You are juggling 4,569 metaphoric balls. You are keenly aware of how many of them you are dropping. You haven’t slept in weeks. And so the mere suggestion that you might be able to improve any aspect of your caregiving—even if that suggestion is something as innocuous as getting some help—tends to trigger a stalwart defense mechanism.
The message you signal: “You don’t know what you are talking about. I’ve got it all under control. Go away.”
Unsolicited advice is rarely welcome. And that goes double in a caregiving situation when the suggestion is coming from someone who doesn’t appear to be shouldering their fair share of the work. But it may, in fact, be useful. So don’t dismiss it out of hand.
Three tricks to counter defensiveness:
- Be aware. Listen to yourself. Are you busy justifying your actions—maybe even before anyone has offered an alternative?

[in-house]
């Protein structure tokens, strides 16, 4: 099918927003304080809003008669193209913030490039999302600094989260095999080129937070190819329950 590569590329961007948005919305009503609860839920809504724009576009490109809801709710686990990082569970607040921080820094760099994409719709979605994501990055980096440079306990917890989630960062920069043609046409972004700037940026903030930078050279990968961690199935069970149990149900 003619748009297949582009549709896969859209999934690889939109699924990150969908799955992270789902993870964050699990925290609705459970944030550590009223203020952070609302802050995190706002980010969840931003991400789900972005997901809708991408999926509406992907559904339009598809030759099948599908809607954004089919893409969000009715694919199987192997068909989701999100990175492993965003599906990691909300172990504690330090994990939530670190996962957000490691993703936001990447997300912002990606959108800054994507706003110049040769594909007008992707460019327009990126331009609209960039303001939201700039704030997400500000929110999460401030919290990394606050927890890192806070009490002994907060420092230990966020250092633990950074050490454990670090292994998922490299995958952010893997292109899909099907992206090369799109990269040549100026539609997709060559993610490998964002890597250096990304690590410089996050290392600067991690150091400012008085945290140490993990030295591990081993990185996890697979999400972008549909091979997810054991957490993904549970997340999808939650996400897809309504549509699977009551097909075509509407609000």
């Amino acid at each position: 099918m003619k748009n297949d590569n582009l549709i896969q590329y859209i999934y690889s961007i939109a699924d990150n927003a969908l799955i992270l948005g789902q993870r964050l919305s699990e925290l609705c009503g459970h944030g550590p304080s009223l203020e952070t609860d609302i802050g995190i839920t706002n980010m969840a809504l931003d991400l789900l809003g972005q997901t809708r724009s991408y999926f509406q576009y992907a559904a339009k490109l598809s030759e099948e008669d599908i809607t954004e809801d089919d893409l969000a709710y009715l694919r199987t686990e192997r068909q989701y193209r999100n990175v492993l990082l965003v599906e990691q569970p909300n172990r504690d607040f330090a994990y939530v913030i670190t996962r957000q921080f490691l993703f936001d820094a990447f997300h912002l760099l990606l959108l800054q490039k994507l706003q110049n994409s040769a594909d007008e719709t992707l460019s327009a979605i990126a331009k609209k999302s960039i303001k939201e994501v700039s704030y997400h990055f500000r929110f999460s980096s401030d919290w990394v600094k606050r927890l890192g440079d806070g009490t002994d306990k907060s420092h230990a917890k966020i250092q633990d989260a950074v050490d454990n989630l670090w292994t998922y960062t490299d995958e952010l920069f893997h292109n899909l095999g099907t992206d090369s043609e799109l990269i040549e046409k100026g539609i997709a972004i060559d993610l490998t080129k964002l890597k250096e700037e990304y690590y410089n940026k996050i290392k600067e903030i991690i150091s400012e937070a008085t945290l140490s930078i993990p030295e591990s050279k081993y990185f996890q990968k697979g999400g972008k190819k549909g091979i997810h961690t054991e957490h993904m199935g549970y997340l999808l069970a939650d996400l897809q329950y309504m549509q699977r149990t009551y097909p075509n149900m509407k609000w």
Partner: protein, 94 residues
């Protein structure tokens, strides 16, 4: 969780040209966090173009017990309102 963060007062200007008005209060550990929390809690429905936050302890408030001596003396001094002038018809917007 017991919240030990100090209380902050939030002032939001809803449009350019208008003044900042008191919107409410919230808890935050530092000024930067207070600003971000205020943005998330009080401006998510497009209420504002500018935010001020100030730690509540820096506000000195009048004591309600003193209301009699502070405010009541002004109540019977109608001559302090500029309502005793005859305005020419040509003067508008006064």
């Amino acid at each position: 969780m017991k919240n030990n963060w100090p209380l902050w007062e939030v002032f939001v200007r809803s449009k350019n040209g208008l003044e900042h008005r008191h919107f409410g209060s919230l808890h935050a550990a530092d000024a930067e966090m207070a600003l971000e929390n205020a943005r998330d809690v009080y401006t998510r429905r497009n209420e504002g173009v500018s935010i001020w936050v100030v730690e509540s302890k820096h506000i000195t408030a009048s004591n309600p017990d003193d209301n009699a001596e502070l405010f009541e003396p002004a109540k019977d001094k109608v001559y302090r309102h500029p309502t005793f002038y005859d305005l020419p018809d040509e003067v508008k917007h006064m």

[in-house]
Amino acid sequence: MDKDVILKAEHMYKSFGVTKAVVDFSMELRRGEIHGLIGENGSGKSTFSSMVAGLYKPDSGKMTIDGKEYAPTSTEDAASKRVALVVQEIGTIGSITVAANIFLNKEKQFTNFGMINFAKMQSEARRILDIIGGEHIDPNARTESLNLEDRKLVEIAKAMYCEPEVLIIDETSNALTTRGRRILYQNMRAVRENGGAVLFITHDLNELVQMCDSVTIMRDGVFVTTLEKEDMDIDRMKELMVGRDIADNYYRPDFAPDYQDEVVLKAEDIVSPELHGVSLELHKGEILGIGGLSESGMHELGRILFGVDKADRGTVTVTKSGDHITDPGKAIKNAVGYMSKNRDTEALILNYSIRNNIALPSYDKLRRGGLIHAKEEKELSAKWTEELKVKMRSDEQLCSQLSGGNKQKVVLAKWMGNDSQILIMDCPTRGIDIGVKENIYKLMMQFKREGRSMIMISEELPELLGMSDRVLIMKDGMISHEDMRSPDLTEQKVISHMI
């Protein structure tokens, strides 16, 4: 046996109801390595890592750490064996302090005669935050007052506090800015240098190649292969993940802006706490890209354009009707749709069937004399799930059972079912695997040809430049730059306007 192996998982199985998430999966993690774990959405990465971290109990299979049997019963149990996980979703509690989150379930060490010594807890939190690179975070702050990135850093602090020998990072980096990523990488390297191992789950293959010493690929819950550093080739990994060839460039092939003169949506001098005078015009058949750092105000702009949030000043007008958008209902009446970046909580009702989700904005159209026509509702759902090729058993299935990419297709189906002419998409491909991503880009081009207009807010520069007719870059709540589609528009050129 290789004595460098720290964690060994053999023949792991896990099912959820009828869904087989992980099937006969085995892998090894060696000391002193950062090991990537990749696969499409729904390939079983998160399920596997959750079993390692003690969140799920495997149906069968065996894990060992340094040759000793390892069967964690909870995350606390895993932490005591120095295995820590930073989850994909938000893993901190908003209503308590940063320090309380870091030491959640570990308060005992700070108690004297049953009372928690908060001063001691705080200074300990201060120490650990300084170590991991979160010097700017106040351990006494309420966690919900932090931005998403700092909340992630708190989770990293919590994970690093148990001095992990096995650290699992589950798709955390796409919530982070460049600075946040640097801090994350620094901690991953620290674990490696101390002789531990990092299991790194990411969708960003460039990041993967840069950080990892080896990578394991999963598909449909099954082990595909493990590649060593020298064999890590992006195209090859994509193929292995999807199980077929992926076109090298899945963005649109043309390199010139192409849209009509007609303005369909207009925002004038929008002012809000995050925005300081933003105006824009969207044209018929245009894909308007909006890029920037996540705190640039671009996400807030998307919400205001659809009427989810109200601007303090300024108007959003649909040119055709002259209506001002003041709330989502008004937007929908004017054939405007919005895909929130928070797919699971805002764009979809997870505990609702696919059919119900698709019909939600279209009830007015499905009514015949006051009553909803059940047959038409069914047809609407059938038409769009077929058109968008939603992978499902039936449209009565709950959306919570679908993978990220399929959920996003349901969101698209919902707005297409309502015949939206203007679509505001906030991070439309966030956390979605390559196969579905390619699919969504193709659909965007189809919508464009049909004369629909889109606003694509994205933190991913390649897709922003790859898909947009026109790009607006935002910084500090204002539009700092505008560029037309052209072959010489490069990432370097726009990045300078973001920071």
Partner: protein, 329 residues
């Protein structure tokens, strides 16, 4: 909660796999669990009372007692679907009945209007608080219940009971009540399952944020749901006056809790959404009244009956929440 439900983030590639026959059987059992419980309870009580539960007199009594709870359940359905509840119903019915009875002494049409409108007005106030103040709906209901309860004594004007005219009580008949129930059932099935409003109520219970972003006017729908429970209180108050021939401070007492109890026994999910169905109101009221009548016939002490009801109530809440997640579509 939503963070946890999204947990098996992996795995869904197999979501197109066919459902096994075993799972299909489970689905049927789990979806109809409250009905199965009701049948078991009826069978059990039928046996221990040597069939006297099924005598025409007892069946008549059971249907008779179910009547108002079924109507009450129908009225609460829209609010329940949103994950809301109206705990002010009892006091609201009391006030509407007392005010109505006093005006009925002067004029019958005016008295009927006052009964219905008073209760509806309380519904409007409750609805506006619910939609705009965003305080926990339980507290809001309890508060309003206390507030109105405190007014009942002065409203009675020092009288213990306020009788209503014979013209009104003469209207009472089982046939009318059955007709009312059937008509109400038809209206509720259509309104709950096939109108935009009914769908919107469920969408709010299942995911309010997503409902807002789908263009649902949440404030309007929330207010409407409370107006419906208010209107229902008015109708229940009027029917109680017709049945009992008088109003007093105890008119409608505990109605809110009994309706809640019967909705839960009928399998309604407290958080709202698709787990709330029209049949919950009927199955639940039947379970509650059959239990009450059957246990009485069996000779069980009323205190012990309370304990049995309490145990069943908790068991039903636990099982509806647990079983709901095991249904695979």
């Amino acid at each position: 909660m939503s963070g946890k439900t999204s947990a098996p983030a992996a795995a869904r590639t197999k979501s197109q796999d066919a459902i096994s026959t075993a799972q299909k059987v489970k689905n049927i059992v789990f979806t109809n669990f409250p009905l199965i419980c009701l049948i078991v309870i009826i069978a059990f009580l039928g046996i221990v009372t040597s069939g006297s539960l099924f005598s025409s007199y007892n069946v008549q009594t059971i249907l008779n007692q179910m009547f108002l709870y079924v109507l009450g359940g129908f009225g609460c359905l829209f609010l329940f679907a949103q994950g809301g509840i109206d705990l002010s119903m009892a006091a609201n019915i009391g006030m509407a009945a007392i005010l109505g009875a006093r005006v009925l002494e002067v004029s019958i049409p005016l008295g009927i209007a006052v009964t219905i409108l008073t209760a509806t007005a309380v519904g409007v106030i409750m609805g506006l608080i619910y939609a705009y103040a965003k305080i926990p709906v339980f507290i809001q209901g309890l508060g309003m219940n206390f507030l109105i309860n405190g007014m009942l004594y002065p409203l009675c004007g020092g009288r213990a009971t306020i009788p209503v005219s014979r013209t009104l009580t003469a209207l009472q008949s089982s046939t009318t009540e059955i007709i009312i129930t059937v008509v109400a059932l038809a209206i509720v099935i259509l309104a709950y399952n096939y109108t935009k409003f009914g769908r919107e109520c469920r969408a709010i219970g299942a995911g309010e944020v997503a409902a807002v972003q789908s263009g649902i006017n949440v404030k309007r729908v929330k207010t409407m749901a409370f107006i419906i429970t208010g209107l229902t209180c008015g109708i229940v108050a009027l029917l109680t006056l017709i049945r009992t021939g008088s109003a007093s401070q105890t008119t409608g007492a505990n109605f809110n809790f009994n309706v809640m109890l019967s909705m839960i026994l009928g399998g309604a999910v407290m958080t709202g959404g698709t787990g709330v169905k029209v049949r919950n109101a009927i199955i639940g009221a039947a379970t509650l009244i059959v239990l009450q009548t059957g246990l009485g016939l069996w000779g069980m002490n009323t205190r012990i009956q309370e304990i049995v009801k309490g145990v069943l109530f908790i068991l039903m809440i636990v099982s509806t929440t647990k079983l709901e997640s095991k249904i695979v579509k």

- Breathe. (This is always good advice). Remember, no one is suggesting you are a bad person; they are suggesting things that may make your life or the life of your care recipient easier.
- Put it in the third person. You know your situation best. But you may be too close to the action to judge some things accurately—that whole "not-seeing-the-forest-for-the-trees" thing. Try thinking about a friend in a comperable situation. If someone gave them similar advice, do you think they should take it?
- Give yourself a break. Above all, recognize that you are doing the best you can, and that your best is all anyone can ask. Even you.